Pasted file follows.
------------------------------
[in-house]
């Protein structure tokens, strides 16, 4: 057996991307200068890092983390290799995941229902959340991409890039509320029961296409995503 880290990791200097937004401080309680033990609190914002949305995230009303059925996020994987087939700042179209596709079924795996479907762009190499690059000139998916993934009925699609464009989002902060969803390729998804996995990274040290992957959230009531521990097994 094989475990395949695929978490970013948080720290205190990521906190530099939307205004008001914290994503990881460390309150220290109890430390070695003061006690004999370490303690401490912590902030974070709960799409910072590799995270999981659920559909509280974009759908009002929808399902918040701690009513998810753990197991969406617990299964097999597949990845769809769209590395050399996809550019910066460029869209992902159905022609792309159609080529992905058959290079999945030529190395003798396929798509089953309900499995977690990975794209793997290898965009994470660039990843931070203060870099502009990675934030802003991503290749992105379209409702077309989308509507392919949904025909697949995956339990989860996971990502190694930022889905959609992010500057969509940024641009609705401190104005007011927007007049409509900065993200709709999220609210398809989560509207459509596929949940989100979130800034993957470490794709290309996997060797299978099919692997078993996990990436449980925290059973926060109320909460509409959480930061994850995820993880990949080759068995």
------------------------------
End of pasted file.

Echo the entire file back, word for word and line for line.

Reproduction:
[in-house]
């Protein structure tokens, strides 16, 4: 057996991307200068890092983390290799995941229902959340991409890039509320029961296409995503 880290990791200097937004401080309680033990609190914002949305995230009303059925996020994987087939700042179209596709079924795996479907762009190499690059000139998916993934009925699609464009989002902060969803390729998804996995990274040290992957959230009531521990097994 094989475990395949695929978490970013948080720290205190990521906190530099939307205004008001914290994503990881460390309150220290109890430390070695003061006690004999370490303690401490912590902030974070709960799409910072590799995270999981659920559909509280974009759908009002929808399902918040701690009513998810753990197991969406617990299964097999597949990845769809769209590395050399996809550019910066460029869209992902159905022609792309159609080529992905058959290079999945030529190395003798396929798509089953309900499995977690990975794209793997290898965009994470660039990843931070203060870099502009990675934030802003991503290749992105379209409702077309989308509507392919949904025909697949995956339990989860996971990502190694930022889905959609992010500057969509940024641009609705401190104005007011927007007049409509900065993200709709999220609210398809989560509207459509596929949940989100979130800034993957470490794709290309996997060797299978099919692997078993996990990436449980925290059973926060109320909460509409959480930061994850995820993880990949080759068995």